Atheist Exceptionalism

Author : Ethan G. Quillen
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Due to its Constitution, and particularly to that Constitution’s First Amendment, the relationship between religion and politics in the United States is rather unusual. This is especially the case concerning the manner with which religious terminology is defined via the discourse adopted by the United States Supreme Court, and the larger American judicial system. Focusing on the religious term of Atheism, this book presents both the discourse itself, in the form of case decisions, as well as an analysis of that discourse. The work thus provides an essential introduction and discussion of both Atheism as a concept and the influence that judicial decisions have on the way we perceive the meaning of religious terminology in a national context. As a singular source on the Supreme, Circuit, and District Court cases concerning Atheism and its judicial definition, the book offers convenient access to this discourse for researchers and students. The discursive analysis further provides an original theoretical insight into how the term ‘Atheism’ has been judicially defined. As such, it will be a valuable resource for scholars of religion and law, as well as those interested in the definition and study of Atheism.

The Varieties of Nonreligious Experience

Author : Jerome P. Baggett
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A fascinating exploration of the breadth of social, emotional, and spiritual experiences of atheists in America Self-identified atheists make up roughly 5 percent of the American religious landscape, comprising a larger population than Jehovah’s Witnesses, Orthodox Christians, Muslims, Buddhists, and Hindus combined. In spite of their relatively significant presence in society, atheists are one of the most stigmatized groups in the United States, frequently portrayed as immoral, unhappy, or even outright angry. Yet we know very little about what their lives are actually like as they live among their largely religious, and sometimes hostile, fellow citizens. In this book, Jerome P. Baggett listens to what atheists have to say about their own lives and viewpoints. Drawing on questionnaires and interviews with more than five hundred American atheists scattered across the country, The Varieties of Nonreligious Experience uncovers what they think about morality, what gives meaning to their lives, how they feel about religious people, and what they think and know about religion itself. Though the wider public routinely understands atheists in negative terms, as people who do not believe in God, Baggett pushes readers to view them in a different light. Rather than simply rejecting God and religion, atheists actually embrace something much more substantive—lives marked by greater integrity, open-mindedness, and progress. Beyond just talking about or to American atheists, the time is overdue to let them speak for themselves. This book is a must-read for anyone interested in joining the conversation.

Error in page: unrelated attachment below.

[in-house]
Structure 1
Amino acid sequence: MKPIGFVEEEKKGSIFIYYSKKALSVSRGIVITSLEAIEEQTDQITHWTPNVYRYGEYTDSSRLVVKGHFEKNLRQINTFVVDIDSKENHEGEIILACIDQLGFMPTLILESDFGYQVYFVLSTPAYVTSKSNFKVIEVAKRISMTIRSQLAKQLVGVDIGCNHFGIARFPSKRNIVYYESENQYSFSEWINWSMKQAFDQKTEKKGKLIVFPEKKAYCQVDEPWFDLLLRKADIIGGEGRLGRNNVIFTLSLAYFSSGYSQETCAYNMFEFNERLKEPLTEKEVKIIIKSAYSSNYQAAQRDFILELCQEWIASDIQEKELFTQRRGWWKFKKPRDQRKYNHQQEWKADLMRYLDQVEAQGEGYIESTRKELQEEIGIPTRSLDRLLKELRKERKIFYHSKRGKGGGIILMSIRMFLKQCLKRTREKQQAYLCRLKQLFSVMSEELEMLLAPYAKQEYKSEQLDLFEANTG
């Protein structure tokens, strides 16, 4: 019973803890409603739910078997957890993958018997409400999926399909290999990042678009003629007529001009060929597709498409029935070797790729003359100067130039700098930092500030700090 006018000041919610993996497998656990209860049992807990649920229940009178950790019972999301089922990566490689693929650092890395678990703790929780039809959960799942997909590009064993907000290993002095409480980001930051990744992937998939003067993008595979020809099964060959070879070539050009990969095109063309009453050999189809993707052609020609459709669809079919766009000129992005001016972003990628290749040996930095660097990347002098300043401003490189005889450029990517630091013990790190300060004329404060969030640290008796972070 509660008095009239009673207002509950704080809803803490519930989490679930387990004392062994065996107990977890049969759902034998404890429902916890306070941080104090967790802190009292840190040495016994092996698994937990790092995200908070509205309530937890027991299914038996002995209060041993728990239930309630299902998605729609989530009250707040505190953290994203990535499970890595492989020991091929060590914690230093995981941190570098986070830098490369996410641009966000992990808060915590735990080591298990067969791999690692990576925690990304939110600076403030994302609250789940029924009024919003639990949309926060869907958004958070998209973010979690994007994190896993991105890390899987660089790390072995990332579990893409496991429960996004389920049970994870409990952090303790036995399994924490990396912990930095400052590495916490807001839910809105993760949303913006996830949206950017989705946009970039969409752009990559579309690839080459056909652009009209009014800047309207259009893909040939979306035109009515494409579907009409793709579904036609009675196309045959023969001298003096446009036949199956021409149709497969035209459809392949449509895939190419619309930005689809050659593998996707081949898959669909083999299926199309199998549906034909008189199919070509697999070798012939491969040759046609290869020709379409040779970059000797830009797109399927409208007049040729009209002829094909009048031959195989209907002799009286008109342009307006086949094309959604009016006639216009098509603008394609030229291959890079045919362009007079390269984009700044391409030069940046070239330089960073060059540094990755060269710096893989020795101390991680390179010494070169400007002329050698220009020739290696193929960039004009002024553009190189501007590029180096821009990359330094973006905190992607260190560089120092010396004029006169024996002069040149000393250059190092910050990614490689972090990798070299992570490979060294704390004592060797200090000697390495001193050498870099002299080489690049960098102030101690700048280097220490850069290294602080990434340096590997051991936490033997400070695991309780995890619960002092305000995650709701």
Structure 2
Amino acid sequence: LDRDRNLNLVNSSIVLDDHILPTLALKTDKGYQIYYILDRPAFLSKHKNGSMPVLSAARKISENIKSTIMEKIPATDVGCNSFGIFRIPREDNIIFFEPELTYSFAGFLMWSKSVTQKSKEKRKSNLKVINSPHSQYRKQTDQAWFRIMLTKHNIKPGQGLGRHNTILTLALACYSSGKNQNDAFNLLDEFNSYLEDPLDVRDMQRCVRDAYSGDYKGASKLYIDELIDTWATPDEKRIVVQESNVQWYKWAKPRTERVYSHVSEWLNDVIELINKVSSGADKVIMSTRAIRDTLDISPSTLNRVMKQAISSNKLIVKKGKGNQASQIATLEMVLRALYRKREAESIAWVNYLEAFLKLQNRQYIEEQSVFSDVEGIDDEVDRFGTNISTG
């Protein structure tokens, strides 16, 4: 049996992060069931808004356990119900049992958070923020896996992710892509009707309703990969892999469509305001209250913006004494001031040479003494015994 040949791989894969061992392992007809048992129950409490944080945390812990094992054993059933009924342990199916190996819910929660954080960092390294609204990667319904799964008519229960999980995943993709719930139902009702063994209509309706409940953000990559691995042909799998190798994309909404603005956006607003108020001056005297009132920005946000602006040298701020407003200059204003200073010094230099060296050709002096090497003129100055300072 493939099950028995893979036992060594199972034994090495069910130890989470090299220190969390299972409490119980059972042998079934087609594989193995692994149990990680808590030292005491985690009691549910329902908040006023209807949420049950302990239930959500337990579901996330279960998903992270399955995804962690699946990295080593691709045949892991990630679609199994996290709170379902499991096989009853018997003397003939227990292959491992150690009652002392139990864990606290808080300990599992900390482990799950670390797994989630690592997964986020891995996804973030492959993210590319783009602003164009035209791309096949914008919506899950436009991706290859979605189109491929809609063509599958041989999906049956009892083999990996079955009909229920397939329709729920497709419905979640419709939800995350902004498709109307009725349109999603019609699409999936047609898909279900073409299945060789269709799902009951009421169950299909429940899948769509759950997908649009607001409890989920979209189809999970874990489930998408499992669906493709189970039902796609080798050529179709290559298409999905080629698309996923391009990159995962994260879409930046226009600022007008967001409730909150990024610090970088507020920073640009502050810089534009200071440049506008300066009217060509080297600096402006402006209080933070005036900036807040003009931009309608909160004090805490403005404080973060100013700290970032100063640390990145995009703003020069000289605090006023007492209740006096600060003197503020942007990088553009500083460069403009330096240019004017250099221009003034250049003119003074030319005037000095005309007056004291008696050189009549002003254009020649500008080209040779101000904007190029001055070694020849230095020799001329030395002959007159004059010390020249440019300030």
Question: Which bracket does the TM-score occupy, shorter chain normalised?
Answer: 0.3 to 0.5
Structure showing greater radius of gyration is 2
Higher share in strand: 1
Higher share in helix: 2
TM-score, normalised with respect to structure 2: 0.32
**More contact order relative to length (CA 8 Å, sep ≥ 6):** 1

Nonreligion in Late Modern Societies

Author : Anne-Laure Zwilling
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This volume presents results from new and ongoing research efforts into the role of nonreligion in education, politics, law and society from a variety of different countries. Featuring data from a wide range of quantitative and qualitative studies, the book exposes the relational dynamics of religion and nonreligion. Firstly, it highlights the extent to which nonreligion is defined and understood by legal and institutional actors on the basis of religions, and often replicates the organisation of society and majority religions. At the same time, it displays how essential it is to approach nonreligion on its own, by freeing oneself from the frameworks from which religion is thought. The book addresses pressing questions such as: How can nonreligion be defined, and how can the “nones” be grasped and taken into account in studies on religion? How does the sociocultural and religious backdrop of different countries affect the regulation and representation of nonreligion in law and policymaking? Where and how do nonreligious individuals and collectives fit into institutions in contemporary societies? How does nonreligion affect notions of citizenship and national belonging? Despite growing scholarly interest in the increasing number of people without religion, the role of nonreligion in legal and institutional settings is still largely unexplored. This volume helps fill the gap, and will be of interest to students, researchers, policymakers and others seeking deeper understanding of the changing role of nonreligion in modern societies.